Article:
The traditional model of carrot and stick incentives simply doesn’t work for modern employees. What motivates the R&D engineer or the quality control manager is far more complex. Medical device manufacturers are in a unique position to create the best working environments for employees.
In the 21st century, routine, rule-based work is only part of what makes up our day. More and more, our day involves creative tasks. And studies suggest that in performing such tasks, traditional reward models don’t lead to better or faster results.
Dan Pink, one of the leading speakers on how people are really motivated in 21st century jobs (which involves solving cognitive and creative problems), spoke at TED talks in 2009. He said science has proven over and over again that if a problem is in any way conceptual, then the normal incentives (e.g., monetary) just don’t work. In fact, they can even do harm, because that sort of motivation narrows focus, making workers choose linear thinking when the problem calls for a lateral approach.
MIT has conducted studies on this topic. Researchers provided students with problem solving tasks, and rewarded incentives based on performance. The results from MIT illuminate the complex relationship modern workers have with normal assumptions regarding incentives. That is to say, rewarding desired behavior yields more of that behavior and punishing unwanted behavior discourages that behavior. But it doesn’t always work that way.
“As long as the task involved only mechanical skill, bonuses worked as they would be expected: the higher the pay, the better the performance,” Pink explained. “But once the task called for even rudimentary cognitive skill, a larger reward led to poorer performance.”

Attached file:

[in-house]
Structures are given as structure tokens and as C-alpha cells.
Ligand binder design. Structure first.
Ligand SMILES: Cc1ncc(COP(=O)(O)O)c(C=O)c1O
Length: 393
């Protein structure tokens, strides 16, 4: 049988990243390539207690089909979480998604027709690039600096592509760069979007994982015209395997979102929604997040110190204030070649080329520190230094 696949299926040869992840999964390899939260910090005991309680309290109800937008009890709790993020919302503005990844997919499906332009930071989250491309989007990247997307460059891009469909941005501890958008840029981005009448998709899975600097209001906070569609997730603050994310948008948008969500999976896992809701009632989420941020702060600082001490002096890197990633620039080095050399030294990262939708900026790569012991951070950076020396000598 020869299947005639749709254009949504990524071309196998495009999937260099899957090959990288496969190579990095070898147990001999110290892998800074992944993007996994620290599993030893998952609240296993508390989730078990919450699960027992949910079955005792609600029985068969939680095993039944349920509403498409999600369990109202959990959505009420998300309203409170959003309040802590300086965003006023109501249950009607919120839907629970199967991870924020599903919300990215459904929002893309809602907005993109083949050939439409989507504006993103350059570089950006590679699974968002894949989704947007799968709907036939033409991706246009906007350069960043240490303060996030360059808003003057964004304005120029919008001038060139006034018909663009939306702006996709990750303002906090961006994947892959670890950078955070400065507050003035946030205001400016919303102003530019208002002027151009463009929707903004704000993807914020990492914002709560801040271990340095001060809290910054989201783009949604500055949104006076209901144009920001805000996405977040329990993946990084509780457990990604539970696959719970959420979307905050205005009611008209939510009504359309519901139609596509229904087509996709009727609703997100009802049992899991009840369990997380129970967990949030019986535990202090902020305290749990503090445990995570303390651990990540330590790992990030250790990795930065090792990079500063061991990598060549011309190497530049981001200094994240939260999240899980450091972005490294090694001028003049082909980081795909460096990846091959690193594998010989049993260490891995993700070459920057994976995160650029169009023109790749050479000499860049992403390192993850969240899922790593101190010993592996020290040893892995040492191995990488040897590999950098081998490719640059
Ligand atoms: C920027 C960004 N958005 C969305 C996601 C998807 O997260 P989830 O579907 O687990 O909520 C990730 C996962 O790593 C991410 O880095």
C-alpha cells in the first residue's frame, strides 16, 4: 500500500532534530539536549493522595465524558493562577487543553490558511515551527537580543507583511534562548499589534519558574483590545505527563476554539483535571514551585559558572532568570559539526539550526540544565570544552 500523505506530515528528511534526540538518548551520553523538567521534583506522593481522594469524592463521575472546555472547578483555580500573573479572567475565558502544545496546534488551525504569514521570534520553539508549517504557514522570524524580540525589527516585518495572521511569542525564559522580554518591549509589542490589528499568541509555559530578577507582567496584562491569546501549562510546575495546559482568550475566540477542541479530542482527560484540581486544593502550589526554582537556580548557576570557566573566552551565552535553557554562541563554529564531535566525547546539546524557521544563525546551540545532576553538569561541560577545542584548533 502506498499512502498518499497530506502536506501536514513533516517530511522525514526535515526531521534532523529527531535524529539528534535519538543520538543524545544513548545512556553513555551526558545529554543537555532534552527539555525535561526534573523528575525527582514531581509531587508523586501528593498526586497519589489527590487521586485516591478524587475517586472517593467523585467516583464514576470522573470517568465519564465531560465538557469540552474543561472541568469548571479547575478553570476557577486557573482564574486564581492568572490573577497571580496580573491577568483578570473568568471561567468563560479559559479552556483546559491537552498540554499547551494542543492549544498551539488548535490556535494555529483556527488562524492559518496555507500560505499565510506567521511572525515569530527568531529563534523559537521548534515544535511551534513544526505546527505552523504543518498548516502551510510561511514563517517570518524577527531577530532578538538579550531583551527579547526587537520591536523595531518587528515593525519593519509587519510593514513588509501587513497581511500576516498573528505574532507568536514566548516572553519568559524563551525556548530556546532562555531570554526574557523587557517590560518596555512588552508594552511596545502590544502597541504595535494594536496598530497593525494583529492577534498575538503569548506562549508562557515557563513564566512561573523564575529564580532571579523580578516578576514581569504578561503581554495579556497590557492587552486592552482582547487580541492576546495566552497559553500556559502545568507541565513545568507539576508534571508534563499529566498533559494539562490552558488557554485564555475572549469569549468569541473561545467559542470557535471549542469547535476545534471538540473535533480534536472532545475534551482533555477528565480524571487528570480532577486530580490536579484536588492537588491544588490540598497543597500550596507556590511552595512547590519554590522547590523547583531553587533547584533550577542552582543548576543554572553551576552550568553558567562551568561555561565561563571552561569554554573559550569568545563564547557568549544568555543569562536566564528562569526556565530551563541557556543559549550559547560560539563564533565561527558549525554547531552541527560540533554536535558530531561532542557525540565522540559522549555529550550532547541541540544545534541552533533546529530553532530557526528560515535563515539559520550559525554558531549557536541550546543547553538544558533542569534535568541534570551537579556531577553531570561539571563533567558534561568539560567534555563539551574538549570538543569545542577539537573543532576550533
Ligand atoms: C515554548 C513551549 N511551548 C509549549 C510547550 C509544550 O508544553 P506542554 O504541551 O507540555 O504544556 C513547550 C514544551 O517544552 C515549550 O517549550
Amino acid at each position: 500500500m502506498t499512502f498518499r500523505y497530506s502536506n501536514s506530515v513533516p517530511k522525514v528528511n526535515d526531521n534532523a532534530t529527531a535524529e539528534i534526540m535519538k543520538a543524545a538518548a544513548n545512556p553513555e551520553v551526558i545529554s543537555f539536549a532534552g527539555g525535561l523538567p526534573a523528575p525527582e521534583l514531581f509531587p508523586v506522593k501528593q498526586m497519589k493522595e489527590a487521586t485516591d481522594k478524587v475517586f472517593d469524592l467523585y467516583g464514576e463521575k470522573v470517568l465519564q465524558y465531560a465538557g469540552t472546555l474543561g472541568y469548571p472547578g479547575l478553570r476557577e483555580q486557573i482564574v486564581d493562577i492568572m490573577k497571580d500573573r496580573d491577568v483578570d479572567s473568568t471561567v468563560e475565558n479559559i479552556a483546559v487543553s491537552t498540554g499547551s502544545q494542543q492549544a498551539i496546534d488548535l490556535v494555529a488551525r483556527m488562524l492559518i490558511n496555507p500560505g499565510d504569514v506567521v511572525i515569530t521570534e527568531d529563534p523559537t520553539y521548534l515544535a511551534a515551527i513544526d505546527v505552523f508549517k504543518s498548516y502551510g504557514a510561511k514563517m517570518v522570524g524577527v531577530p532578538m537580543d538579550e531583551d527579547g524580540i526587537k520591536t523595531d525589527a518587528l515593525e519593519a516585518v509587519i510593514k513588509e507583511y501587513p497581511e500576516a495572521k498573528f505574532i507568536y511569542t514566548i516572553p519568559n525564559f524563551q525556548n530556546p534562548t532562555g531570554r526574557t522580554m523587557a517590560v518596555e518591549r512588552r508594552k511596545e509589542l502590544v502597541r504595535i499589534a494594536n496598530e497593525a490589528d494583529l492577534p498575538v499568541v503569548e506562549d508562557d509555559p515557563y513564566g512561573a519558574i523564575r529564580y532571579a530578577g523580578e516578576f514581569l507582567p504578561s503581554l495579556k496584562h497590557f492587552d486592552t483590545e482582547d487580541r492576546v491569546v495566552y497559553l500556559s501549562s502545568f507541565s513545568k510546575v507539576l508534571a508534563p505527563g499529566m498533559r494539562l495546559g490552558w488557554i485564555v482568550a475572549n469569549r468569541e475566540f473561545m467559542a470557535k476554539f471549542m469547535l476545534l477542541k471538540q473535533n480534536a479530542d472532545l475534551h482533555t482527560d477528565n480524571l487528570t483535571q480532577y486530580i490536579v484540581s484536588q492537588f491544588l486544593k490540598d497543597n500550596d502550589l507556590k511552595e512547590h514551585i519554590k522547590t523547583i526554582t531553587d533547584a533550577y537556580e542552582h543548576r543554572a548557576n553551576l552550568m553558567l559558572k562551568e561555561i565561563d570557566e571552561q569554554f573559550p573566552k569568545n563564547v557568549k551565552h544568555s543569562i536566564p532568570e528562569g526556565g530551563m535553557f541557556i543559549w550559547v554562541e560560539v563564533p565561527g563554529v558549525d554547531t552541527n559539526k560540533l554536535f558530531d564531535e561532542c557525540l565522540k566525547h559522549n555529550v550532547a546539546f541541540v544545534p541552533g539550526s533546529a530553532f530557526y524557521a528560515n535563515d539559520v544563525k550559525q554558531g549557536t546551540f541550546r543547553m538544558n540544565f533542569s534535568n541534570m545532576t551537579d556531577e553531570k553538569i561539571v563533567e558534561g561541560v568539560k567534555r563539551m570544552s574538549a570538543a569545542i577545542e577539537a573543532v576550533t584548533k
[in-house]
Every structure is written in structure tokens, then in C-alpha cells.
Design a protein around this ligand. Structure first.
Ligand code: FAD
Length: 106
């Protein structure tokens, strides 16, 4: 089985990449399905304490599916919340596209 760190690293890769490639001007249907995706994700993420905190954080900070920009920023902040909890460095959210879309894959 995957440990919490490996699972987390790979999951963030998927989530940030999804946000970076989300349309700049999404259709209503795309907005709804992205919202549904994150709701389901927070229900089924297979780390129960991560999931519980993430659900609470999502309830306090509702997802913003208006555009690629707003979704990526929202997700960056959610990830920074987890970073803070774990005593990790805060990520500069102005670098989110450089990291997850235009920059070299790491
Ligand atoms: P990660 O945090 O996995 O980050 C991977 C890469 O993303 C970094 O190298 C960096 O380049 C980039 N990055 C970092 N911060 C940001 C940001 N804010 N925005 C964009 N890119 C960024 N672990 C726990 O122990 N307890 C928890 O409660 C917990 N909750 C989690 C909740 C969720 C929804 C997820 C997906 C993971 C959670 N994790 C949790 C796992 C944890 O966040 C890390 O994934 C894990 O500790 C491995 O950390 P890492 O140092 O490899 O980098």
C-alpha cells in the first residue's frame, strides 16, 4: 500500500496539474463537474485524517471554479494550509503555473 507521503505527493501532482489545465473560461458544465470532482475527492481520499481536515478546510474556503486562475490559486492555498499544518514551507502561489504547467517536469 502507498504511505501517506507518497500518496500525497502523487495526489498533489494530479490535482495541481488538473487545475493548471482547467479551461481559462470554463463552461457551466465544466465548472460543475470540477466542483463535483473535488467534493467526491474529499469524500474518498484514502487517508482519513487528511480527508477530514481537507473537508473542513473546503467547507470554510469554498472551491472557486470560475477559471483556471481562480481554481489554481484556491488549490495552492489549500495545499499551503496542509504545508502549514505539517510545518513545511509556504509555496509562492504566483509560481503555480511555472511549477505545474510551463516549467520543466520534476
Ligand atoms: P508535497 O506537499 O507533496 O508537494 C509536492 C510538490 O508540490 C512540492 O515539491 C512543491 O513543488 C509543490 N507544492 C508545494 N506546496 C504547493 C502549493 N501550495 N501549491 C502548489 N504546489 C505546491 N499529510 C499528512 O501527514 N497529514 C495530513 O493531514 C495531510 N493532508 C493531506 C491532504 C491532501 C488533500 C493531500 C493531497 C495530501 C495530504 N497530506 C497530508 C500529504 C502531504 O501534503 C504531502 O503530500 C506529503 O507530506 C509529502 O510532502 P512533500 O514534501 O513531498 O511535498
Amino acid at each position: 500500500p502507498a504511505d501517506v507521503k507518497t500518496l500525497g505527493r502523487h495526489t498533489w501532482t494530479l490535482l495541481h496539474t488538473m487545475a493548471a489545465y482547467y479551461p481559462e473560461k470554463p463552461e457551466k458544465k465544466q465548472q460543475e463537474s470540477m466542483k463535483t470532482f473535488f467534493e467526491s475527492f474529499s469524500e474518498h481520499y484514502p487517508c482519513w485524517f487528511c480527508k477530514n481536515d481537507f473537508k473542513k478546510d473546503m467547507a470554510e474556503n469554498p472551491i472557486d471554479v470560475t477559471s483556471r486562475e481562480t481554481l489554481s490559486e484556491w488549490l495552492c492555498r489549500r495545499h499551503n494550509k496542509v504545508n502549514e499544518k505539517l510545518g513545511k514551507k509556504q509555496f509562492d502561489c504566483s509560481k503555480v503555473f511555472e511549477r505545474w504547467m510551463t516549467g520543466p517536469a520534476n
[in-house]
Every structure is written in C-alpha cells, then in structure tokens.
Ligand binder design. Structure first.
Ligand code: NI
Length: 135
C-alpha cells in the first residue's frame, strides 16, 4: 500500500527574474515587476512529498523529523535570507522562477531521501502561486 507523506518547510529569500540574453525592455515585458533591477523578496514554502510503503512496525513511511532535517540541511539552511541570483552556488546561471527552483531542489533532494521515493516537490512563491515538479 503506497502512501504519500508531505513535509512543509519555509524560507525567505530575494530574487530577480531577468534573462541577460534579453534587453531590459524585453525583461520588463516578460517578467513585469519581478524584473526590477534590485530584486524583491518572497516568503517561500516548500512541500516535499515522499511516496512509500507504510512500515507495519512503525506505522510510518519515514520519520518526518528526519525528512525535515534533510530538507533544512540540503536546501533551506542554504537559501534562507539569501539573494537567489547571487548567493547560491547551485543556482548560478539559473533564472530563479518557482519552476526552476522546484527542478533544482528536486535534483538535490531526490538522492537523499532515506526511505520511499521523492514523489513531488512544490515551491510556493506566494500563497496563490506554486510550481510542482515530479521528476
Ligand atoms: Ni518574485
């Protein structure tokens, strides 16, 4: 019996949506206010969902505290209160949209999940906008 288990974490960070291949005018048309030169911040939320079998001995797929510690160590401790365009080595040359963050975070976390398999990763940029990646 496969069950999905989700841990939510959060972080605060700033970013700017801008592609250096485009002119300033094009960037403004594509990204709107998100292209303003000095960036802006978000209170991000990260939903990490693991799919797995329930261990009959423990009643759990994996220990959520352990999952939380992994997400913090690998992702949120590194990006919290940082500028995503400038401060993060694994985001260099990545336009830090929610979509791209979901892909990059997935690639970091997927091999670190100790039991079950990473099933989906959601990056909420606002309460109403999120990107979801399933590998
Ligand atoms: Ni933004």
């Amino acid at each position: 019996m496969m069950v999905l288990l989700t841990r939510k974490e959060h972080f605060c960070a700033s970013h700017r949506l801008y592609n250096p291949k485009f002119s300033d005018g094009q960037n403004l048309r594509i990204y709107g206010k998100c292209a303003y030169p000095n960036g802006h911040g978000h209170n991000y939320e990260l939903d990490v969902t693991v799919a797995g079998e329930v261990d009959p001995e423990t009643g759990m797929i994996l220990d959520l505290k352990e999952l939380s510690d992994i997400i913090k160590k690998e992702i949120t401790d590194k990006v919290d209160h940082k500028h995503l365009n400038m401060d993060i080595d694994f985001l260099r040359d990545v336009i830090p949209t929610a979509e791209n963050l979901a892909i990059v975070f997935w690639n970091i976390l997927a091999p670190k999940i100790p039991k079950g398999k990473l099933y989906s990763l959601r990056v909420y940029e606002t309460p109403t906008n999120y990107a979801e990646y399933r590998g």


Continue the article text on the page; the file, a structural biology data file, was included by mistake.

Now Pink doesn’t suggest workers don’t need money, although he does point out that applications such as Linux, Apache, and Wikipedia were created by highly skilled technicians who wrote the software at night and on the weekends, for no pay, and then made that software available for free. Instead, the idea is to pay people enough so that money is off the table. After that, there are three tools that motivate workers (all of which are free). These tools are autonomy, mastery, and purpose.
The first two are simple and can be achieved by good management. People respond to autonomy and self-direction. They are driven by a need to get better at their craft. Employees in highly technical positions, such as those in the medical device industry, thrive on becoming more skilled in, for example, engineering products and parsing regulations. What project manager isn’t looking for ways to improve processes so that they are easier to understand and quicker to implement?
But the third tool is arguably where medical device companies can really thrive. “Companies that are flourishing are animated by purpose,” said Pink. Medical device companies have purpose in the pocket.
this month, we celebrate some of the best medical device companies to work for. This list is by no means all encompassing. In fact, we humbly submit that it barely scratches the surface of excellent firms in the medical device arena. But these companies do have compelling stories. And nominators were less interested in pay (one nominator said the pay was “all right” but that the work he did and the people at the company made up for any lack in salary) than they were in telling the editors about the work environment and how great they felt going into work every day.
Without exception, the companies nominated as the best companies to work for exhibited all three virtues, and their employees respond with compelling stories of family-friendly structures, support in personal and professional growth, and CEO availability. Some people even nominated companies they no longer work for.
The editors of MD+DI would still like to collect stories from individuals about the work they do and the environments they work in. Feel free to comment below if you have any thoughts.